While I definitely DON’T recommend getting married solely for the money (and unfortunately, many soldiers marry for this reason), it was a good decision for us since we knew we were going to get married sooner or later.

    1. Yes, there are SO many benefits you get from being married. It’s unfortunate that singles aren’t allowed some of those same benefits. I’m sure it would help ease the rush of marriage (especially for those who aren’t ready).

  6. Marriage is about love. The finances will fall into place with or without partnership, and it’s important to keep a healthy understanding of what’s important in life over simply what’s going to save you more money.

    1. Ideally, yes. That’s why it’s a shame that those marital benefits aren’t more accessible outside of marriage. It rushes people into marrying who might not otherwise be ready. Though historically speaking I’d argue that marriage has been about economic transaction more than anything :/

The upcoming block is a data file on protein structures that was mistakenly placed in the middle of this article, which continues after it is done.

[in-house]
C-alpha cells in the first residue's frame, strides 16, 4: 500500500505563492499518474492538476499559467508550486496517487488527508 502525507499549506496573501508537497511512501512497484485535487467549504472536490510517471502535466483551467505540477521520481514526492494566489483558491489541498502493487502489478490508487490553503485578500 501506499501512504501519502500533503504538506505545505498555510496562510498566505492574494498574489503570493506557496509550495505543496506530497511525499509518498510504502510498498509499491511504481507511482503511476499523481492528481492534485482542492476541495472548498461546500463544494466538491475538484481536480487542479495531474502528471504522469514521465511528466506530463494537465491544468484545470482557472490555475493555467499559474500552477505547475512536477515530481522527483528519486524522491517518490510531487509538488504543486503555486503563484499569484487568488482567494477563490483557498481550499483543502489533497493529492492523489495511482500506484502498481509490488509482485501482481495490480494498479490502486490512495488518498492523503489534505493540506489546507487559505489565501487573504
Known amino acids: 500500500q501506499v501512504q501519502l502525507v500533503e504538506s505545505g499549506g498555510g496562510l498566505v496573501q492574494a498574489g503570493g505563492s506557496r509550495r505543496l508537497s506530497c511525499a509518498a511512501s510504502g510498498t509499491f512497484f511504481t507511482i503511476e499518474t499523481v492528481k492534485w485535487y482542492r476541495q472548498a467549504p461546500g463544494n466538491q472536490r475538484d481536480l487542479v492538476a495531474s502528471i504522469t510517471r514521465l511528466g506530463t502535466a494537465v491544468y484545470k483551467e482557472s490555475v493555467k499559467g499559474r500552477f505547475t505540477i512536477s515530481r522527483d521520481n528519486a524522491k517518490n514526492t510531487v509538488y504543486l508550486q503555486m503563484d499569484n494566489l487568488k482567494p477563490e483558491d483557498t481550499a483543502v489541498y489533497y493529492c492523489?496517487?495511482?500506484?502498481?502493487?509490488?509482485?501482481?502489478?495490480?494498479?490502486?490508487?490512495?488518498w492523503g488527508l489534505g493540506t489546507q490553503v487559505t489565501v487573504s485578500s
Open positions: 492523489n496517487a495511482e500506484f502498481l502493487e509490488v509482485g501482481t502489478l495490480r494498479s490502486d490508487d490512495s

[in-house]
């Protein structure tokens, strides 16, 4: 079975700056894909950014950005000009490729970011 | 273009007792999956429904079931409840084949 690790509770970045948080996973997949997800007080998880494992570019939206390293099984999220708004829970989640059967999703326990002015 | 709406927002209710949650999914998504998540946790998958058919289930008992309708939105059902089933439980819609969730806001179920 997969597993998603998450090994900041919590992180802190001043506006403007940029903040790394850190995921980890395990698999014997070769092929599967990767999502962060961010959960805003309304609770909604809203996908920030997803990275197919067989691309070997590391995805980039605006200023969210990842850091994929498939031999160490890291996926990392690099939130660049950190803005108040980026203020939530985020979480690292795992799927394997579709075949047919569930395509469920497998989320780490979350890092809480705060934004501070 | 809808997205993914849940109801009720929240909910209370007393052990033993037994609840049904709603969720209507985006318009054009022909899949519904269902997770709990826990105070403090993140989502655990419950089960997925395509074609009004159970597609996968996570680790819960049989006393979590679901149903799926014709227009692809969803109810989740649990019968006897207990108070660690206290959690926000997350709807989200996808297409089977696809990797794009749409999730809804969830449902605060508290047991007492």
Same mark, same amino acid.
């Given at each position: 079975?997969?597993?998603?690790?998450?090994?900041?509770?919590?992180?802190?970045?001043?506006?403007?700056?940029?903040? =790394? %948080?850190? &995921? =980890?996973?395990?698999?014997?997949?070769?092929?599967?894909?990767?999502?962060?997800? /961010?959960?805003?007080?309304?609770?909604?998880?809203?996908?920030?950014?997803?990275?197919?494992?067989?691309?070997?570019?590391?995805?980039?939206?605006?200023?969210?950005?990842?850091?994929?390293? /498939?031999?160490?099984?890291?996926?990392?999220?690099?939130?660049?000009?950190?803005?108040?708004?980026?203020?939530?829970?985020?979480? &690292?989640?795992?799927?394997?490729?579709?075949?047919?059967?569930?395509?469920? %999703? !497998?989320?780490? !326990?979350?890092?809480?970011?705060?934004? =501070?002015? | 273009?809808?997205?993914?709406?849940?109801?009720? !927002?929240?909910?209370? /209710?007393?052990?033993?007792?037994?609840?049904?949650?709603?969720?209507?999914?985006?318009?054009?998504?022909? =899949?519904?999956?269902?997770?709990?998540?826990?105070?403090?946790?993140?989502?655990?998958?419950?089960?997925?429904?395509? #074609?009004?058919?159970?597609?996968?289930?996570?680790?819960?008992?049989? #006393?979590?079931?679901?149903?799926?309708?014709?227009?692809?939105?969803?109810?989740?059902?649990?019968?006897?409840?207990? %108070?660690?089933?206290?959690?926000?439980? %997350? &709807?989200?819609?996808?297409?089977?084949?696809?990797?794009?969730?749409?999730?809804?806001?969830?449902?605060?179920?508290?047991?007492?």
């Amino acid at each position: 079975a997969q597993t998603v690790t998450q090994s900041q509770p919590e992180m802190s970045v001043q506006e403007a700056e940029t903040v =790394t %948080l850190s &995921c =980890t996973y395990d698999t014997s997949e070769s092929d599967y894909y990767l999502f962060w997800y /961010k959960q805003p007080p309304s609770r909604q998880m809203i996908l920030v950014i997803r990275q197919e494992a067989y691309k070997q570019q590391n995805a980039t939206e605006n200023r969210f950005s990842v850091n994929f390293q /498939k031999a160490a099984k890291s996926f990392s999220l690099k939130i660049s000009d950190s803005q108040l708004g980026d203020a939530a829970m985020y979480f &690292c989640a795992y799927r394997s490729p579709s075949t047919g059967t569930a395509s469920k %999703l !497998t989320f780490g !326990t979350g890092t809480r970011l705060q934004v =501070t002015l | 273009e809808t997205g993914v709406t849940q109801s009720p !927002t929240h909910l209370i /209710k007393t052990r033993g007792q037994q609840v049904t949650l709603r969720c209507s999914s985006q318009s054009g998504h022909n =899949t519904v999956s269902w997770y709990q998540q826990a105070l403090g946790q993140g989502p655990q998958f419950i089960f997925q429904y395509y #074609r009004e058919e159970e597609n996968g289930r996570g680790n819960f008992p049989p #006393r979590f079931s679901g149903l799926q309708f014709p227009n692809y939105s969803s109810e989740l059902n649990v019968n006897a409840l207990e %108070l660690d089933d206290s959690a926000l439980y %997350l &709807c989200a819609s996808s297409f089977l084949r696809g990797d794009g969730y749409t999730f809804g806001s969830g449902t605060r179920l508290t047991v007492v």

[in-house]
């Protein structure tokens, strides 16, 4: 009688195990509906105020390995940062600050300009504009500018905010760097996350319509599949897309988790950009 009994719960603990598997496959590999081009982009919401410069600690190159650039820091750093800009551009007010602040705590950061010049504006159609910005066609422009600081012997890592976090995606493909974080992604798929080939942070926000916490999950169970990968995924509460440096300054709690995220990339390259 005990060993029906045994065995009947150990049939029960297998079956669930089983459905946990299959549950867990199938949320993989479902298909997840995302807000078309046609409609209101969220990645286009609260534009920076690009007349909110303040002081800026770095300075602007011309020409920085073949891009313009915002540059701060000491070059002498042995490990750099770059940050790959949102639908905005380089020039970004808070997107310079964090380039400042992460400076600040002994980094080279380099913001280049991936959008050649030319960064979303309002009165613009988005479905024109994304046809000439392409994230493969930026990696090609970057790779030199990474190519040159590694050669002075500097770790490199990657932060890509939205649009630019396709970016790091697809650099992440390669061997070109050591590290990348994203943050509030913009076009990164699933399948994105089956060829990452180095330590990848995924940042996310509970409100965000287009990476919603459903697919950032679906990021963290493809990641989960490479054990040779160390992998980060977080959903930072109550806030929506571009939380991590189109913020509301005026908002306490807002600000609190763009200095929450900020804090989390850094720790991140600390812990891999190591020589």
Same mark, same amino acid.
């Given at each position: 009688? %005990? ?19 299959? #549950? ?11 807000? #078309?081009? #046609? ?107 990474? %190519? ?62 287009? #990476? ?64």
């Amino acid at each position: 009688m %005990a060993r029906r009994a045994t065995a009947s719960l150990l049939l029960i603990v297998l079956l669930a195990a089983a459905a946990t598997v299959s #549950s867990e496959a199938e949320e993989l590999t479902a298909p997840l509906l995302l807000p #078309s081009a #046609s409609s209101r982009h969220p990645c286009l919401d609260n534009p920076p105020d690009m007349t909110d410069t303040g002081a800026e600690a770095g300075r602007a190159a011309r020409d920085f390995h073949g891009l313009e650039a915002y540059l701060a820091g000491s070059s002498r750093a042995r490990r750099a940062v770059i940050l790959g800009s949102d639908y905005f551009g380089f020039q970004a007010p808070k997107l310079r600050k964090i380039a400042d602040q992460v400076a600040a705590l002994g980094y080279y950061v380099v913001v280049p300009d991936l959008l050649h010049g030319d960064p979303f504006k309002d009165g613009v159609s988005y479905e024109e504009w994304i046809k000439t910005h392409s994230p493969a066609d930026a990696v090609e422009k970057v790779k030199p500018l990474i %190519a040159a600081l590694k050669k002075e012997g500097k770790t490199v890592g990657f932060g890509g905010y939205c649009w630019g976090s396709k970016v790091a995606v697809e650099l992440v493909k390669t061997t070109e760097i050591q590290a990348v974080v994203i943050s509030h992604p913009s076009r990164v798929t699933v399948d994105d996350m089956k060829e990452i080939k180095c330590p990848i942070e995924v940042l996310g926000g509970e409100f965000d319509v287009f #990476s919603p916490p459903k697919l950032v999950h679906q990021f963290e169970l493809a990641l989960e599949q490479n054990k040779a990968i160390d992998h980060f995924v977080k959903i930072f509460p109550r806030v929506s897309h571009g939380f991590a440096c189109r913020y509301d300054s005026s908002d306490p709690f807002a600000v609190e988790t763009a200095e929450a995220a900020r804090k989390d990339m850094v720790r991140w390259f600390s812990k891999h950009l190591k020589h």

2. I believe it use to be about love. But, today is so entirely different. I too had rose colored glasses. But, life has a way of changing all that.

  7. Very cool that the Liberty Healthshare route works for you. That definitely would have been my choice if I wasn’t keeping health insurance in place through my family’s small business. I briefly even considered putting LIberty in place as a secondary option to mitigate costs, but, I mean, i didn’t go to the doctor once in 2016 and paying my deductible and coinsurance would not be a hardship.